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Faces on Faith: But God had other ideas

By Staff | May 31, 2017

Forty years ago this year I first stepped into the classrooms at Bangor Theological Seminary. I remember well some of those first classes. I studied Hebrew, with the brilliant Hungarian Stephen Sikszai, who was perpetually covered by a haze of cigarette smoke as he puffed his way through every class. And Greek was a treat. It was taught by a former Broadway dancer turned New Testament Professor, Burt Throckmorton. And we all had to take two courses in Systematic Theology with the stern Leslie Ziegler, known by all as “the Z.” Her strict approach struck terror in the hearts of many a budding preacher! But I loved it all. Those years in Seminary were some of the most important and most enjoyable in my life.

But, my path to seminary didn’t run along a straight line from high school to college and then on to ministerial studies. You see, after dropping out of college, I had taken up a career in the hospitality industry.

I was living in Baltimore and working for the Marriott Corporation. I ran one of their restaurants. Our annual receipts back in 1976 were well in excess of a million dollars, and I was in charge of the whole operation. In fact I was the youngest person ever promoted to my position in our division. I was making excellent wages with a fine benefits package. I had three assistant mangers who reported to me, and over 100 employees. And I was in line for another promotion. Life was good.

But God had other ideas.

I was the son of a pastor and brought up in a parsonage. I had always thought of myself as a Christian. I attended church regularly, was part of a Bible study, said grace at meals and read books on theology and prayer. And like my mother, I was especially enamored with the writings of C. S. Lewis. I thought I was doing what I needed to do.

But God had other ideas.

Increasingly my reading and prayer had caused me to have great concern about the world. We were at the height of the Cold War back then. The nuclear threat was very real, and very great. Hunger and poor living conditions had not been beaten back by the war on poverty in the sixties. Watergate had demolished our trust in government. It looked like we were going to hell in a hand basket.

And here I was serving up lunch and dinner at a 160 seat restaurant in Maryland. How, I wondered, was that going to make a difference? How was that going to help change the world?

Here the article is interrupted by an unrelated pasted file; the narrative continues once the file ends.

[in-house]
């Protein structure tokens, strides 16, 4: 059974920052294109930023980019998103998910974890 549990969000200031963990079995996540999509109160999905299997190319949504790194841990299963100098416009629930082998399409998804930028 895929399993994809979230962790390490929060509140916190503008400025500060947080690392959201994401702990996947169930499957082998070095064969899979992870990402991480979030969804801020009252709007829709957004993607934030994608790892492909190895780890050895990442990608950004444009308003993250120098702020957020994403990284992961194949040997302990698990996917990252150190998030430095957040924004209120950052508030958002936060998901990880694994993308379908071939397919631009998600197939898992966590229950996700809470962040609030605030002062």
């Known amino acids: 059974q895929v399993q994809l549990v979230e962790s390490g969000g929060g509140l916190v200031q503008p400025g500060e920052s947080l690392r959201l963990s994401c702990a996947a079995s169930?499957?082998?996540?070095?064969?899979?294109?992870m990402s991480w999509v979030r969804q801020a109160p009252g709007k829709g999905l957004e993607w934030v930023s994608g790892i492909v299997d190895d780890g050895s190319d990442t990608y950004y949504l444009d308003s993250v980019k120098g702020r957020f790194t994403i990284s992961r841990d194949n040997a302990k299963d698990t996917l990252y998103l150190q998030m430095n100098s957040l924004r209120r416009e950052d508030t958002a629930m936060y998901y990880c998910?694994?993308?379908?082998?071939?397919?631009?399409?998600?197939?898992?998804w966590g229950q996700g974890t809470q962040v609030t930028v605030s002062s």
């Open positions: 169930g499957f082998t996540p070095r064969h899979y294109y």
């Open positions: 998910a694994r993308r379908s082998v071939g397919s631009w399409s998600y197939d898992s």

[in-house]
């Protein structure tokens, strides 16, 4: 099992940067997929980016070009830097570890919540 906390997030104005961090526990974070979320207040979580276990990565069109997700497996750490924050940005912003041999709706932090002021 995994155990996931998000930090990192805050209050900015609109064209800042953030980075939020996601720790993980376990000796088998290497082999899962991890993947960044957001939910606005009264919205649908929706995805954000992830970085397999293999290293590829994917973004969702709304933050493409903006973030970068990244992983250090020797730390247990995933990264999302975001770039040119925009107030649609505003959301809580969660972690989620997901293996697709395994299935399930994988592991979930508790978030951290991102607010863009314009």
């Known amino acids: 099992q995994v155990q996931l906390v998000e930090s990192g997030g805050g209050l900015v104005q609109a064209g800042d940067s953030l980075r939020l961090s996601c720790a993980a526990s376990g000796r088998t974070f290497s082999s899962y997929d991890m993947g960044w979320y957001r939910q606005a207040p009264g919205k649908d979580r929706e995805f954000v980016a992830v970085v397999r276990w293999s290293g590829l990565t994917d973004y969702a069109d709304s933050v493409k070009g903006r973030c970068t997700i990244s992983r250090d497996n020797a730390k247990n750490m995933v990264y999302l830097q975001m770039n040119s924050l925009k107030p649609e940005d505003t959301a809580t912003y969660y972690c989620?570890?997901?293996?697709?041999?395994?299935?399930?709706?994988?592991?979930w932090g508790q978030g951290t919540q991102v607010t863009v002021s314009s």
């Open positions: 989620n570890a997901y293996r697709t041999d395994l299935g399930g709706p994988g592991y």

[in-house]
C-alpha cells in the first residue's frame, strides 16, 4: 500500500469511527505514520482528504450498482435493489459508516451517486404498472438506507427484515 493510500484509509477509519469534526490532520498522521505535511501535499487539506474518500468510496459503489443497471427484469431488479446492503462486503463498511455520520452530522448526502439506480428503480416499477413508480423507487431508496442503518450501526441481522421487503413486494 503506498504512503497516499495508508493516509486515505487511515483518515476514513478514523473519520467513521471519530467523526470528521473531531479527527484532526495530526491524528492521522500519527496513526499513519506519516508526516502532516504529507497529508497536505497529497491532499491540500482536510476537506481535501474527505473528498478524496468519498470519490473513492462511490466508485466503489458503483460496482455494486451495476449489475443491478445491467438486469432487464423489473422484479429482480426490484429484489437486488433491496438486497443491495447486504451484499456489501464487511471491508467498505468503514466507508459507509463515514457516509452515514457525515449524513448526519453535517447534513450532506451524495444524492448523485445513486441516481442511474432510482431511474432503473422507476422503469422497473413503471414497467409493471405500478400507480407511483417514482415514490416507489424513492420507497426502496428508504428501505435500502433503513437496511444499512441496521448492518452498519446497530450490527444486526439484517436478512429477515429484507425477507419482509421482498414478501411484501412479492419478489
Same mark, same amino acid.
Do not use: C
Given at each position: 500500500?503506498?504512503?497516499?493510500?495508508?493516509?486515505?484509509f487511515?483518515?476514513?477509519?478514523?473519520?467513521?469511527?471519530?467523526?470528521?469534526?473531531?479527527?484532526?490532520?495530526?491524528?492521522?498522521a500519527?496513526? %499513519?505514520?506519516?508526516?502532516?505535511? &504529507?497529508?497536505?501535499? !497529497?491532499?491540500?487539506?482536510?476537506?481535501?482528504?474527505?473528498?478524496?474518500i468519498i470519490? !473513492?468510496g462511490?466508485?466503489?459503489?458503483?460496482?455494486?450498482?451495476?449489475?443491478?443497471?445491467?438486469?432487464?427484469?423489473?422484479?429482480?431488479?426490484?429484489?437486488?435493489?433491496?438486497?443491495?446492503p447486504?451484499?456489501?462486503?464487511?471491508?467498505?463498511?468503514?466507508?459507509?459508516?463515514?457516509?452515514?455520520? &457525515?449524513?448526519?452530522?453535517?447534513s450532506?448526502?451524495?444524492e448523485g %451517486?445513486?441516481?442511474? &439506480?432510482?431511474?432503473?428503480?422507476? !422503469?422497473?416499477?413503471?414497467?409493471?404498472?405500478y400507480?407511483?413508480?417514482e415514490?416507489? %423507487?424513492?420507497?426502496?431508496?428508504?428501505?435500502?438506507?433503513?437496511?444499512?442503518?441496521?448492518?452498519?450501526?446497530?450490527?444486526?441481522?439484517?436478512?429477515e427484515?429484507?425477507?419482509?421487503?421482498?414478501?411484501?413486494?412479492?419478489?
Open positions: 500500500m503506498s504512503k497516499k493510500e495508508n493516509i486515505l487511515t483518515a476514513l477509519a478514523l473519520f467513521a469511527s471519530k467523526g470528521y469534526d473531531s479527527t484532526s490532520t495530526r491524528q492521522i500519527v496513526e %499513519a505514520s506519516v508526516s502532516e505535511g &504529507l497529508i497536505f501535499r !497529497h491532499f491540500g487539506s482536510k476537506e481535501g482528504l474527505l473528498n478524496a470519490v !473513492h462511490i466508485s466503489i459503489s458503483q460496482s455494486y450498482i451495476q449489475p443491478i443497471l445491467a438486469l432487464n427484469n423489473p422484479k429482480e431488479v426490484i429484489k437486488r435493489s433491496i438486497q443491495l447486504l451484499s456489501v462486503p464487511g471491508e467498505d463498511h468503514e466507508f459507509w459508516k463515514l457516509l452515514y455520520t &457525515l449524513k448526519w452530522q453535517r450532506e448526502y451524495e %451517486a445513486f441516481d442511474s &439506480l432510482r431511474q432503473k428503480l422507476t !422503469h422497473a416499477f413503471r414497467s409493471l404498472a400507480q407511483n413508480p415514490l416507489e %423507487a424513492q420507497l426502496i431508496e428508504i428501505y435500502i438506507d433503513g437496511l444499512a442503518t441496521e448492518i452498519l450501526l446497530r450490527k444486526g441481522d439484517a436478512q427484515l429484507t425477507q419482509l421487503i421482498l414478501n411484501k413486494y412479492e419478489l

Gradually, God transformed my concern about the future into a desire to attend seminary. There were no flashing lights or angel visitations, it was just a growing inner sense, a divine nudge, if you will.

To answer the call, though, meant to giving up the real security I had found in my work. And not just financially. I loved my job. There was great satisfaction in feeding thousands of people every week; great satisfaction in providing a fun atmosphere for celebrating life events like birthdays and anniversaries. To go to seminary meant resigning my job, packing up all our belongings into a U-Haul and moving 500 miles north to Bangor, Maine. In January. In a snowstorm. We left behind friends and home and jobs, all to answer God’s call.

The following years were filled with real economic struggle. Lots of macaroni and cheese crossed our dinner plates; clothes became threadbare. It was, though, in the end, clearly the right thing to do. And as things unfolded it also became clear God was calling me into ordained ministry, to serve as a pastor in local churches. Whether or not I’ve impacted the course of history over the last 40 years is up for grabs, but I am so grateful God gave me the courage to leave behind the life I knew and loved.

So here’s a thought. What if God has other ideas for you? I don’t mean and move to Bangor, Maine. I don’t even mean you have to leave your job, or change your profession. You may already be retired for goodness sake! But maybe there are ways that you can serve God and help bring about a change in our world that you’ve not even imagined. Maybe there is a child you can help instead of playing yet another round of golf, or hand of bridge. Maybe there’s a hungry person you can help feed rather than watching one more TV show, or doing another crossword. Not that there is anything wrong with golf, or bridge, or television, or books Not that there is anything wrong with any of our avocations.

But maybe, just maybe, God is calling you to leave the comfortable routine of your life so that you might take up the call to reach out to others. Maybe your concern about store clerks and housekeepers who can’t speak English, is God calling you to volunteer as a tutor, one who teaches English as second language. Maybe your frustration with those who dismiss climate change as a hoax, is God prodding you to become an docent with a group like the Audubon Society, or SCCF. Perhaps the worries you have about women’s rights is God urging you to become involved with the League of Women Voters, or Planned Parenthood. Do you keep thinking, young people need to be more respect for the police, maybe that’s God telling you to work with the Police Athletic League in Fort Myers. And who knows, the growing fear you have about ISIS, or about the treatment of Muslims may be God’s voice, nudging you to visit a local mosque and learn more about Islam. Or the fact that you’re troubled about the general state of international relations? Maybe God’s pushing you to be a short term missionary or a Peace Corps volunteer.

God can, and does, call us in all sorts of ways. Yes, more often than not, it means stepping out of your comfort zone. Yes, it means risking something new, or different. But, it also means you may in the end, change the course of history, or at least your own life.